Virgin Atlantic-backed Connect Airways aims to concentrate on simplifying Flybe’s core network and improving performance following its acquisition of the UK regional carrier.
But Connect Airways’ parties have warned that job losses are “likely” as a result of Flybe’s planned combination with Stobart Air.
Completion of Connect Airways’ acquisition of Flybe is expected in the second quarter of this year.
Connect Airways intends that Flybe will continue acting as an independent operating carrier, with a separate UK air operator’s certificate, under the Virgin Atlantic brand.
The activities of Stobart Air, which will also be contributed to Connect Airways, will continue under its own separate Irish AOC with its current franchise and leasing operations.
While the Flybe network will be simplified, Connect Airways’ parties intend to recognise the “importance of regional connectivity” across the UK and Ireland, they state in a detailed document on the acquisition.
Flybe’s network will be adjusted to improve connectivity with Virgin Atlantic’s long-haul networks at London Heathrow and Manchester.
The document indicates that the route optimisation will “likely” result in a “limited reduction” in the number of aircraft in the Flybe fleet, which currently stands at 76 – a mix of Bombardier Q400s and Embraer E-Jets.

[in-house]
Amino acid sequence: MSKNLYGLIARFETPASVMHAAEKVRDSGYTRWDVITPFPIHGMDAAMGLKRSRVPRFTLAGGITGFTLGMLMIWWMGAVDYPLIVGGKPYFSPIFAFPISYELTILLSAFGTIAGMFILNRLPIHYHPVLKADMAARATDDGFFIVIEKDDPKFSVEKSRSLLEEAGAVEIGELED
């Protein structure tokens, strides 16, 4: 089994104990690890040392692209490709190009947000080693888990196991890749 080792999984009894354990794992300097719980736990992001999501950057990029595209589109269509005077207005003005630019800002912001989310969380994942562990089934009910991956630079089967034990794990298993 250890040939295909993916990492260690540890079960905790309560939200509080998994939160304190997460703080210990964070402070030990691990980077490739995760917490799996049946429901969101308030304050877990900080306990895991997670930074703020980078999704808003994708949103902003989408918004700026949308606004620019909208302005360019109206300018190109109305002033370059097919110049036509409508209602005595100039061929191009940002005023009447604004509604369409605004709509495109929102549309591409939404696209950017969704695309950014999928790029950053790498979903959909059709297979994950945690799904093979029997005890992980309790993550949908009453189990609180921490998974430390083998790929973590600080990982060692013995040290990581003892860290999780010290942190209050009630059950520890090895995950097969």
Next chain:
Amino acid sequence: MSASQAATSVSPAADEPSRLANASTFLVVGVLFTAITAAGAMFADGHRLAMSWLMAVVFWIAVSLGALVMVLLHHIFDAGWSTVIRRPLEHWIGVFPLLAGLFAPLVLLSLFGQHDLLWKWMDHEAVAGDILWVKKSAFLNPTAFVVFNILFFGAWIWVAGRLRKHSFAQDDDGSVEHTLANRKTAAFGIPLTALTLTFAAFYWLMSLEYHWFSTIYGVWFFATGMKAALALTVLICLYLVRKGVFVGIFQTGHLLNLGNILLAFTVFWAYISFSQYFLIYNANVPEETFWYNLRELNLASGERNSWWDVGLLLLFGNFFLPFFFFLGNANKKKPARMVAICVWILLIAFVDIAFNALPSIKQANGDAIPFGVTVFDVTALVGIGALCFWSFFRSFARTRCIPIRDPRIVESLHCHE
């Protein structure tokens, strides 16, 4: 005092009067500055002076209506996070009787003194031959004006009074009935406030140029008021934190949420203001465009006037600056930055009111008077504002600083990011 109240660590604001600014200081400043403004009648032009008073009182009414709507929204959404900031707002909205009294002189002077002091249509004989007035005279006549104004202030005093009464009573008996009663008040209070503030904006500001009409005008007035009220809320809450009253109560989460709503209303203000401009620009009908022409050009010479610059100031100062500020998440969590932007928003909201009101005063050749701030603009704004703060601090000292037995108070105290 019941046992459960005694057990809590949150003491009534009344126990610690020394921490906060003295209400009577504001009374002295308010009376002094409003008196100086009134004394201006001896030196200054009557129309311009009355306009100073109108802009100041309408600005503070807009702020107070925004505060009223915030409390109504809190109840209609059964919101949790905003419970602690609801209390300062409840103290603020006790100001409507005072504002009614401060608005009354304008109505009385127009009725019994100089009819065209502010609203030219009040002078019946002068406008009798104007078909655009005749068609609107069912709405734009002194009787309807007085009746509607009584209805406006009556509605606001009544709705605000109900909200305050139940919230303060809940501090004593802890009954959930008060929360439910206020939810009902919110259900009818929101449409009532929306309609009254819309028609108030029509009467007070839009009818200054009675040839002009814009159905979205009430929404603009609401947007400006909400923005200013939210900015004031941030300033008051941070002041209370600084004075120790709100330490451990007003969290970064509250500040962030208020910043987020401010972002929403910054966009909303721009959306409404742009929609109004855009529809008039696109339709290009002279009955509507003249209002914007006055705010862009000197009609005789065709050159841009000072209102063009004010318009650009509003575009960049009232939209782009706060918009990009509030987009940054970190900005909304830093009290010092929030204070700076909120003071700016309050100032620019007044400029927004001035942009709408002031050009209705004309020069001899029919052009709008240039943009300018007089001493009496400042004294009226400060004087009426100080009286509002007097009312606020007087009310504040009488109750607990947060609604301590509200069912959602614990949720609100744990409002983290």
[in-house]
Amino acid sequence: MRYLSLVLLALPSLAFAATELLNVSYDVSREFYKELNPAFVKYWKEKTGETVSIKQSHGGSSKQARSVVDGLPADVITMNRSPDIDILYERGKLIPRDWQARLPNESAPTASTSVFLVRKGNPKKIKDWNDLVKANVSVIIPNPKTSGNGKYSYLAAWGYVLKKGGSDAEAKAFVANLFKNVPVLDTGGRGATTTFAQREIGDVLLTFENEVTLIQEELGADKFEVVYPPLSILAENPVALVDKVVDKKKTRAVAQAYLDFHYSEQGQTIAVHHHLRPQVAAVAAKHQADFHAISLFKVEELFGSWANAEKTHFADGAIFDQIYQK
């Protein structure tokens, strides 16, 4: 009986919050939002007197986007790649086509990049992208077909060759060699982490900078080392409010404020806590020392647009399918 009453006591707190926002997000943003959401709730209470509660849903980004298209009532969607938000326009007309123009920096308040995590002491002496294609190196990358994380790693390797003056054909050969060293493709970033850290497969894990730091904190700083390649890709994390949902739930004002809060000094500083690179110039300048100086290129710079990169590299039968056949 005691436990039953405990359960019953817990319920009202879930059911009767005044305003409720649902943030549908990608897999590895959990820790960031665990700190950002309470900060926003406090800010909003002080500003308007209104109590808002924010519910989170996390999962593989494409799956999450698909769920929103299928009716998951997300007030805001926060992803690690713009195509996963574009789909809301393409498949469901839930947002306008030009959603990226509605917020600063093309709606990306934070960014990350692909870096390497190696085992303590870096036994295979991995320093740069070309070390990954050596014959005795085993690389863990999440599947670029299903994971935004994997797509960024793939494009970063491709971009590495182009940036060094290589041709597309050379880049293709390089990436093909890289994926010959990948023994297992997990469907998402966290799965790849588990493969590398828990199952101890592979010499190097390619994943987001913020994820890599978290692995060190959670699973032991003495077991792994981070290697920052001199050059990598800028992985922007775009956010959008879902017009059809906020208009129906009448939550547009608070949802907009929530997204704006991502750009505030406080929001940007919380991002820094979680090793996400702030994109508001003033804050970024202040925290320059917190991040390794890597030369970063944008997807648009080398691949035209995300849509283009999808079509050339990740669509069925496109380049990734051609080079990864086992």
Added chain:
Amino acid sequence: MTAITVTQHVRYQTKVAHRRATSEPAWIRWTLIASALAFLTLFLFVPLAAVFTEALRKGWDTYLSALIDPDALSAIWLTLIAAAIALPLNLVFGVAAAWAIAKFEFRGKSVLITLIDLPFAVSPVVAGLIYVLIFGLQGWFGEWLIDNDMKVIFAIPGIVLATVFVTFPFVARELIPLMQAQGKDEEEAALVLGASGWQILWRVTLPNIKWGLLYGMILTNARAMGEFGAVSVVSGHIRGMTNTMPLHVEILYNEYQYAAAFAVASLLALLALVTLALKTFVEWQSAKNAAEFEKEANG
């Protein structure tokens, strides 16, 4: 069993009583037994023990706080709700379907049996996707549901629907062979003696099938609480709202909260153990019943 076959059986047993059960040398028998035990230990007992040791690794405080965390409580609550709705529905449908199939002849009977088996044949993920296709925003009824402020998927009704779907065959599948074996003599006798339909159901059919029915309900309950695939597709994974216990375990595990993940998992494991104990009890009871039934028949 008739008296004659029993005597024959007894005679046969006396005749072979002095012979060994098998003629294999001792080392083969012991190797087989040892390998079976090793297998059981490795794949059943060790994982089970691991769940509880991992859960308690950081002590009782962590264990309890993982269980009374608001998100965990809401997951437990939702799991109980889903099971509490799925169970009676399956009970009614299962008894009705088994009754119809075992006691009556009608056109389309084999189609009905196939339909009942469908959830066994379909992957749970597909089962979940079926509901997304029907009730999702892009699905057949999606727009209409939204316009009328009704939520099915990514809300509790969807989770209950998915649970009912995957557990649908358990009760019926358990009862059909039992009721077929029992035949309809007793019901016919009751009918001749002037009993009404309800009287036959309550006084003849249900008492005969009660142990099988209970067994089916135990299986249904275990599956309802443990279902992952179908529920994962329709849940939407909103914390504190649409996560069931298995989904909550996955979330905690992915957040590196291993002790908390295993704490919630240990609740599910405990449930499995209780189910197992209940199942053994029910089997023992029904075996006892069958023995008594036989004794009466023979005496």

“All flying operations except Stobart Air will operate under the Virgin Atlantic brand to the extent possible,” it adds.
“This will be timed to coincide with a refurbishment programme for Flybe’s fleet to provide a seamless customer experience in keeping with Virgin Atlantic’s heritage.
“There will be no change to the brands under which Stobart Air flies today which will continue to be maintained and operated separately.”
Connect Airways’ owners state that the combined Flybe and Stobart Air will have a single management team, but operate independently of Virgin Atlantic with “only support functions having some overlap”. Separate teams will be maintained for Flybe pilots and cabin crew.
Detailed integration plans have yet to be finalised but any “unnecessary overlap” will be reduced or removed, the document states.
“The [parties attach] great importance to the skills and experience of Flybe’s and Stobart Air’s employees but [acknowledge] that the proposals will likely involve some headcount reduction where there are duplicate roles and functions,” it adds.
No decisions have been made on the locations of a headquarters or engineering centre, but the document says a “material presence” will probably be maintained at Flybe’s and Stobart Air’s respective Exeter and Dublin headquarters.